We’re all about women supporting women and female empowerment, right? Yet, women cat fighting and bitching to each other is among our TV of choice? Victoria Stokes asks why exactly we can’t get enough of shows like RHOBH and its ilk.
Last year, spurred on by an unrelenting boredom during the pandemic, I dared to go where — you might argue — no self-respecting feminist ought to: deep into The Real Housewives of Beverly Hills archives.
From there, an obsession grew and I found myself hooked, not only on the decadent lifestyles, lavish parties, and mind-blowing wealth of these perfectly manicured housewives in the hills, but on the toxic cats fights, ongoing feuds, and shifting social hierarchies on which they seemed to thrive.
Fortunately, it’s unlikely that I’ll ever run out of shows like these to fill the void. RHOBH is launching its 12th season, and The Real Housewives franchise continues to grow with shows in Atlanta, New York, New Jersey, and more.
The prevailing popularity of these programs — which would be pretty dull if it weren’t for all the catty drama — feels at odds with a society that encourages us to ‘be kind’ and empower other women. So what is it about toxic female rivalries that keep us tuning in? Why, when being bitchy has long gone out of style, do we simply love watching women fight on TV?
“It’s akin to watching a wildlife program featuring a rare, nearly extinct type of mammal,” says senior therapist Sally Baker.
“The conflict between the women is often so removed from the reality of ordinary women that female viewers don’t feel they’re compromising their own need to empower themselves and other women,” she believes.
“The curated and stage-managed arguments and fallouts feel like cartoon characters and not like watching women they know in real life.”
While Baker reckons these depictions are so far removed from our own reality that we can separate ourselves from them, I wonder if part of their appeal is that most of us know what it feels like to be the subject of nasty gossip or find ourselves ostracised from a group.
For Ciara, a self-confessed reality TV addict, The Real Housewives Of Beverly Hills is a reminder of the toxic friendship dynamics she’s escaped. “It’s as if someone went back in time and used my old friendship group as inspiration for the show,” she laughs.
“So much of what I see on shows like The Real Housewives is reflective of the friendship group I had in my early twenties: the cattiness, the snide remarks, the falling out over petty stuff. That was my lived experience for a long time, and it’s funny in a way to see these women, with mansions and millions in the bank, treading similar territory with their so-called friends,” she muses.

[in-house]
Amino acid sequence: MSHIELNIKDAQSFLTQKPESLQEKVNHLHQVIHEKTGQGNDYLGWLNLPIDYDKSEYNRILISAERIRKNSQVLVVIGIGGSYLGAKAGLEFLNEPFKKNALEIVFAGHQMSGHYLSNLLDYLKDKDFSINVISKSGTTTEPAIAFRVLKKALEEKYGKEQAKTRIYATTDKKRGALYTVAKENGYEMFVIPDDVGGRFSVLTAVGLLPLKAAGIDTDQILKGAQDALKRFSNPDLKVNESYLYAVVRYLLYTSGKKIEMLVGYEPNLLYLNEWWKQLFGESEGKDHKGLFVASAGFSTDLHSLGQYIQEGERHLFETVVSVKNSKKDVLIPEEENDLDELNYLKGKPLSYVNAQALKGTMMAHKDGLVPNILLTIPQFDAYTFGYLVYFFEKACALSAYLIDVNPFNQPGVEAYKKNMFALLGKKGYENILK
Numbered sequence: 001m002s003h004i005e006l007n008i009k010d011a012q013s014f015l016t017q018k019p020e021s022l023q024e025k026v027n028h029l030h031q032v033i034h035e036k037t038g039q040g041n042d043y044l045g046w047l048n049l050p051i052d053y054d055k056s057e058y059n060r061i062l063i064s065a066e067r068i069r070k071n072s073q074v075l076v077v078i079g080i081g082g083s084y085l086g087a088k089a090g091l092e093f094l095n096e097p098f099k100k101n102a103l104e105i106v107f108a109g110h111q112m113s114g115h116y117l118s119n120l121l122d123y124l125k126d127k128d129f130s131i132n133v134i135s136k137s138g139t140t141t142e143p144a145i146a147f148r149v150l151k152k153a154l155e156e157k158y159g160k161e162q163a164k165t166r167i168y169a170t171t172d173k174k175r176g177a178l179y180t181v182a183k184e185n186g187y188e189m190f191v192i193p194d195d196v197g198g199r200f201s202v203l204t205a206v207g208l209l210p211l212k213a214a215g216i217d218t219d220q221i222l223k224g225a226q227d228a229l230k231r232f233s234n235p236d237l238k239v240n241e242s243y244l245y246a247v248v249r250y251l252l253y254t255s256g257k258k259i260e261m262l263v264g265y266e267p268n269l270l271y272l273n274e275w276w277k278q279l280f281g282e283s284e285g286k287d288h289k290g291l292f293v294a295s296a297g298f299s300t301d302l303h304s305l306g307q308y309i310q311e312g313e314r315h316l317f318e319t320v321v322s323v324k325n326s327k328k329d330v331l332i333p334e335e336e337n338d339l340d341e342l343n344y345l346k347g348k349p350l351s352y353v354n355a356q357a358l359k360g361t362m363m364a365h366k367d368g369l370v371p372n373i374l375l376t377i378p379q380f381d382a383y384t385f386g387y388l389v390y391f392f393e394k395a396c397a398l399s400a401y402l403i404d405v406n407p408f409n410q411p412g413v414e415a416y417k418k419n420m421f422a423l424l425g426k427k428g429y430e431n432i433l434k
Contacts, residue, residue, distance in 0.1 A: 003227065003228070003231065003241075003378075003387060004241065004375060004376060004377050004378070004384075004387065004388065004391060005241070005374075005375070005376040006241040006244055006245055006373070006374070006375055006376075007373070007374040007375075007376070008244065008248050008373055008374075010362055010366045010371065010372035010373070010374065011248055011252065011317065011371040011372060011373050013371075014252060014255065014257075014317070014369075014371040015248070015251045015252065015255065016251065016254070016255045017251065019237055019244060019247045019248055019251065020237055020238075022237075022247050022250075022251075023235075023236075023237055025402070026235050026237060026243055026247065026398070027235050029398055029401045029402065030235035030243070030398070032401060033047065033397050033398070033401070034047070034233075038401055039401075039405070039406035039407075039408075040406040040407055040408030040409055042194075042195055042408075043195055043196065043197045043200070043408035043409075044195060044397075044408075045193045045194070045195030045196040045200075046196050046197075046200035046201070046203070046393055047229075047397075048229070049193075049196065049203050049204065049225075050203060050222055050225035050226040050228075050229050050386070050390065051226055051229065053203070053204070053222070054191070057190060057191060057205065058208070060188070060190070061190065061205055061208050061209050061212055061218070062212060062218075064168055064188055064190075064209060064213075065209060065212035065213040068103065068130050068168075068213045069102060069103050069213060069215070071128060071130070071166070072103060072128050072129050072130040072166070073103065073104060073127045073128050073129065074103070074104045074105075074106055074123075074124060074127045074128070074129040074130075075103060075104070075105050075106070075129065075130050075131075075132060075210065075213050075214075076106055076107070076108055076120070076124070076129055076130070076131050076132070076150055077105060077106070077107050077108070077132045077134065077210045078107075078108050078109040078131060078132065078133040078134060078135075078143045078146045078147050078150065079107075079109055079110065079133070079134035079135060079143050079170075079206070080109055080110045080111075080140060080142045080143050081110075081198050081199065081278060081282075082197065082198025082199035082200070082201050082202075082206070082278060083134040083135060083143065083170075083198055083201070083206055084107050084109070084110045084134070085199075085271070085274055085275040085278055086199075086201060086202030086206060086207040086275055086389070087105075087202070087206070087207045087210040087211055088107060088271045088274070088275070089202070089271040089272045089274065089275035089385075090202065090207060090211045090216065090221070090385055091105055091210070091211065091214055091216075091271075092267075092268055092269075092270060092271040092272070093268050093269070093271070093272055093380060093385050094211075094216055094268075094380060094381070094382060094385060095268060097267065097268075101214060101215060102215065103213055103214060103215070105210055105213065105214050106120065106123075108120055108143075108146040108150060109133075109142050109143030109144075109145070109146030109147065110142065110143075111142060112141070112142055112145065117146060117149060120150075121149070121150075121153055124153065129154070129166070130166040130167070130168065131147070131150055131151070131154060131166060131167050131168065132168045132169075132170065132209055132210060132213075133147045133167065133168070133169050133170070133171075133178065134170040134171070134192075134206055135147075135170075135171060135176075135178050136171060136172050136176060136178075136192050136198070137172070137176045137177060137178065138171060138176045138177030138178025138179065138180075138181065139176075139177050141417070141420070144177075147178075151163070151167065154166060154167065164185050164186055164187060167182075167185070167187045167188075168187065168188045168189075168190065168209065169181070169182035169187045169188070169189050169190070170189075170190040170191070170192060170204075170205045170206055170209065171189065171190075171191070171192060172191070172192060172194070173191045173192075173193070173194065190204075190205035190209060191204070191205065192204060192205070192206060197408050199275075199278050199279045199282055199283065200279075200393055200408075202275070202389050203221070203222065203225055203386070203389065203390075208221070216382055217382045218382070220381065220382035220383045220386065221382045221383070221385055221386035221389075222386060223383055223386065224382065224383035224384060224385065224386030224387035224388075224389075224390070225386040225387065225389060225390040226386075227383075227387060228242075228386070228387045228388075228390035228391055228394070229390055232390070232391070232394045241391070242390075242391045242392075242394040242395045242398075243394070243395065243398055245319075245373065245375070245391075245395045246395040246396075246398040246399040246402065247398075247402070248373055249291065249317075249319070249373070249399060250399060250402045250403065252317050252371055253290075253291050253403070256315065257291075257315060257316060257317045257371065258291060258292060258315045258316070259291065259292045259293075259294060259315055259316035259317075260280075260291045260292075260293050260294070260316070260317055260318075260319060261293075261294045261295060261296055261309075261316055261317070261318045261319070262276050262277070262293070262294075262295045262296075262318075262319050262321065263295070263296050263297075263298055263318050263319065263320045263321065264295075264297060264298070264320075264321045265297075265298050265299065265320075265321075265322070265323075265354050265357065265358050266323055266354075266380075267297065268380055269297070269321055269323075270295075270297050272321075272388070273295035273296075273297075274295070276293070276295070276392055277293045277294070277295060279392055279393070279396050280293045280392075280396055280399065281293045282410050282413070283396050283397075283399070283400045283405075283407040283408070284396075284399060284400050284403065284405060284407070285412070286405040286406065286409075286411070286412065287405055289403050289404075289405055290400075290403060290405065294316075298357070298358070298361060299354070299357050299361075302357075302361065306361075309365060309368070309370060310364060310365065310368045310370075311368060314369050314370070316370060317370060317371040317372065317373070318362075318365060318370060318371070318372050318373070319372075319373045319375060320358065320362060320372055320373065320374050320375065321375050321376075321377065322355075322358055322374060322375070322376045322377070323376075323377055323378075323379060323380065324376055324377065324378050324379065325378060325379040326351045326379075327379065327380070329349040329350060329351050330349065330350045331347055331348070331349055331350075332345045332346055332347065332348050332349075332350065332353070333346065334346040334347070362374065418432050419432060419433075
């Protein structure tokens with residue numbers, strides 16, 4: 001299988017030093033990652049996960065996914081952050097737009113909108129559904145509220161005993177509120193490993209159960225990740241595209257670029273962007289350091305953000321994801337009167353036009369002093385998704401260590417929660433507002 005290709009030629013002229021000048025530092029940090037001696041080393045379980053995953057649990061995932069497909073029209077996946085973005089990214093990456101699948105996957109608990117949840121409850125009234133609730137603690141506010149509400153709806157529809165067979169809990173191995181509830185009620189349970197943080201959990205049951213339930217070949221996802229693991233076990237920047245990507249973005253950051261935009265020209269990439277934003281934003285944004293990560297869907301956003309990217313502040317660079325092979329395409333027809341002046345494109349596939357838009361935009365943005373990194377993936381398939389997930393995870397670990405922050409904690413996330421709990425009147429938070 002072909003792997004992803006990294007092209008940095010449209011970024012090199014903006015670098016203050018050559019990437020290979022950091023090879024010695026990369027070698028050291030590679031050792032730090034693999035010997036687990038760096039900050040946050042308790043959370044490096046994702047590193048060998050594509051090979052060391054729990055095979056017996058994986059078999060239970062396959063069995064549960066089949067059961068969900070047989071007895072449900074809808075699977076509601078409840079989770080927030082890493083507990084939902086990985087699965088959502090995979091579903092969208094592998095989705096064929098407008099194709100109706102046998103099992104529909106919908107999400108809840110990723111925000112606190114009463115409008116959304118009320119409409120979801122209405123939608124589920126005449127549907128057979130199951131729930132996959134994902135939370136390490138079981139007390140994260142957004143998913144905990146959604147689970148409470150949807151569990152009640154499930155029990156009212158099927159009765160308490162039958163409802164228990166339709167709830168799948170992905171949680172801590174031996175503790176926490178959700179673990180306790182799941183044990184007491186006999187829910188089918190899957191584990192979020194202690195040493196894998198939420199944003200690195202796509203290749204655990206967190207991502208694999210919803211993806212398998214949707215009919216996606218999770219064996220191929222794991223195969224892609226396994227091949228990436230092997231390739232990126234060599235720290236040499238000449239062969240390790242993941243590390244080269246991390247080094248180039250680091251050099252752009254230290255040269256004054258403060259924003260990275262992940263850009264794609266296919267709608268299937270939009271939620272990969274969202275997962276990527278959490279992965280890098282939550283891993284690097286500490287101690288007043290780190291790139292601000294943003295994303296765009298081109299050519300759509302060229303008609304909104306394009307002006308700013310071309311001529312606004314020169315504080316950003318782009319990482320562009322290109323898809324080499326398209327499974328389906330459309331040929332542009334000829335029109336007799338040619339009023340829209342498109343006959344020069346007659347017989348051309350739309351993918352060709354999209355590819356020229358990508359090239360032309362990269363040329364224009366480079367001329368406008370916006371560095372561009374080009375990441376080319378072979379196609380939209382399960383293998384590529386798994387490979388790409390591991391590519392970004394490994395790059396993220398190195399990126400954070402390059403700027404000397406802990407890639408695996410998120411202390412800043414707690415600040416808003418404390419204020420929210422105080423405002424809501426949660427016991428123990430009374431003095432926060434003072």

“I guess it makes me feel like I have something in common with these women. They seem to have it all, but they lack any real support group. It reminds me how lucky I am to have kind, supportive friends now.”
Does Ciara believe shows like Real Housewives showcase unhelpful portrayals of women? “Maybe they do,” she muses, “but many women do have friendships like this so for me, it’s relatable more than anything else.”
Naomi, a long-time Real Housewives of New York fan, says she loves watching female rivalries play out on screen because it challenges the assumption that it’s somehow ‘unfeminist’ for women to not get along.
“I think we like to believe that we’ve evolved to this point where we aren’t in competition with other women, but women have been pitted against one another for centuries and I don’t believe that’s changed just yet.”
“Society is still set up in a way that marginalises women and we’ll always be pitted against each other until that changes,” she adds. “The empowering women thing is well-intentioned but I find a lot of the discussion around it to be really disingenuous, and it’s refreshing to see a show that is so unashamedly the opposite of that.”
I can’t quite put a finger on why RHOBH has me so hooked. Maybe it’s the sheer decadence of their lifestyles that reel us in and the unending drama that keeps us tuning in over and over again. Perhaps shows like these are simply an amplified version of what happens in some female friendship groups; a depiction of female rivalry that’s been exaggerated with careful direction and staging.
Maybe it’s nothing more than voyeurism. “These shows provide a safe way to explore and experience conflict without any skin in the game,” Baker points out.
“There’s something very satisfying about watching a conflict unfold in high definition from the comfort of your sofa without having to deal with the negative effects of real-life toxicity,” she adds.
All I really know is that, love them or hate them, the enduring popularity of these franchises shows no sign of abating. Pass me the popcorn.